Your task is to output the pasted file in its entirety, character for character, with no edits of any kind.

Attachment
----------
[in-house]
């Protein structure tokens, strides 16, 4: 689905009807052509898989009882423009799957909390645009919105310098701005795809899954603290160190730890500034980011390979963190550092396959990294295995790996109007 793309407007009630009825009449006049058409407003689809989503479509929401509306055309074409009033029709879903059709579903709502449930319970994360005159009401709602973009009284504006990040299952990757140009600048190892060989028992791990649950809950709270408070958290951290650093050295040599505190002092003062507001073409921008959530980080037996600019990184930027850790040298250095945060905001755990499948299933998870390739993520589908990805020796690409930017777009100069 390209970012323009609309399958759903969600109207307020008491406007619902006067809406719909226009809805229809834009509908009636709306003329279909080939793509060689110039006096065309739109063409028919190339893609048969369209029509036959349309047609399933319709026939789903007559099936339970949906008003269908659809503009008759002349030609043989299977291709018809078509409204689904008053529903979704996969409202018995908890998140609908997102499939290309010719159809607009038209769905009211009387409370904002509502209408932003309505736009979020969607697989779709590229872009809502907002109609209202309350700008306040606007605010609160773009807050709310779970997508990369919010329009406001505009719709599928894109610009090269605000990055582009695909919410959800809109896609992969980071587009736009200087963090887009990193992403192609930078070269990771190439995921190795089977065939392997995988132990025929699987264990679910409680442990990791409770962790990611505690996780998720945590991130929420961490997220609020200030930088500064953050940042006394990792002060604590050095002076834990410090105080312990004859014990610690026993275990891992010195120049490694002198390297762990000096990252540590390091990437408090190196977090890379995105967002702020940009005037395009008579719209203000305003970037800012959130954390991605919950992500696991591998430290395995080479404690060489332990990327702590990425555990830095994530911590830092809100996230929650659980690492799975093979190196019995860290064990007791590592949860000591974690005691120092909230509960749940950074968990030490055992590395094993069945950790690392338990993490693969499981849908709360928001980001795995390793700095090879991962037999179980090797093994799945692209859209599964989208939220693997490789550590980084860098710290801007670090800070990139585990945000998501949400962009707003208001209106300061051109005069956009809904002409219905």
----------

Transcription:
[in-house]
């Protein structure tokens, strides 16, 4: 689905009807052509898989009882423009799957909390645009919105310098701005795809899954603290160190730890500034980011390979963190550092396959990294295995790996109007 793309407007009630009825009449006049058409407003689809989503479509929401509306055309074409009033029709879903059709579903709502449930319970994360005159009401709602973009009284504006990040299952990757140009600048190892060989028992791990649950809950709270408070958290951290650093050295040599505190002092003062507001073409921008959530980080037996600019990184930027850790040298250095945060905001755990499948299933998870390739993520589908990805020796690409930017777009100069 390209970012323009609309399958759903969600109207307020008491406007619902006067809406719909226009809805229809834009509908009636709306003329279909080939793509060689110039006096065309739109063409028919190339893609048969369209029509036959349309047609399933319709026939789903007559099936339970949906008003269908659809503009008759002349030609043989299977291709018809078509409204689904008053529903979704996969409202018995908890998140609908997102499939290309010719159809607009038209769905009211009387409370904002509502209408932003309505736009979020969607697989779709590229872009809502907002109609209202309350700008306040606007605010609160773009807050709310779970997508990369919010329009406001505009719709599928894109610009090269605000990055582009695909919410959800809109896609992969980071587009736009200087963090887009990193992403192609930078070269990771190439995921190795089977065939392997995988132990025929699987264990679910409680442990990791409770962790990611505690996780998720945590991130929420961490997220609020200030930088500064953050940042006394990792002060604590050095002076834990410090105080312990004859014990610690026993275990891992010195120049490694002198390297762990000096990252540590390091990437408090190196977090890379995105967002702020940009005037395009008579719209203000305003970037800012959130954390991605919950992500696991591998430290395995080479404690060489332990990327702590990425555990830095994530911590830092809100996230929650659980690492799975093979190196019995860290064990007791590592949860000591974690005691120092909230509960749940950074968990030490055992590395094993069945950790690392338990993490693969499981849908709360928001980001795995390793700095090879991962037999179980090797093994799945692209859209599964989208939220693997490789550590980084860098710290801007670090800070990139585990945000998501949400962009707003208001209106300061051109005069956009809904002409219905």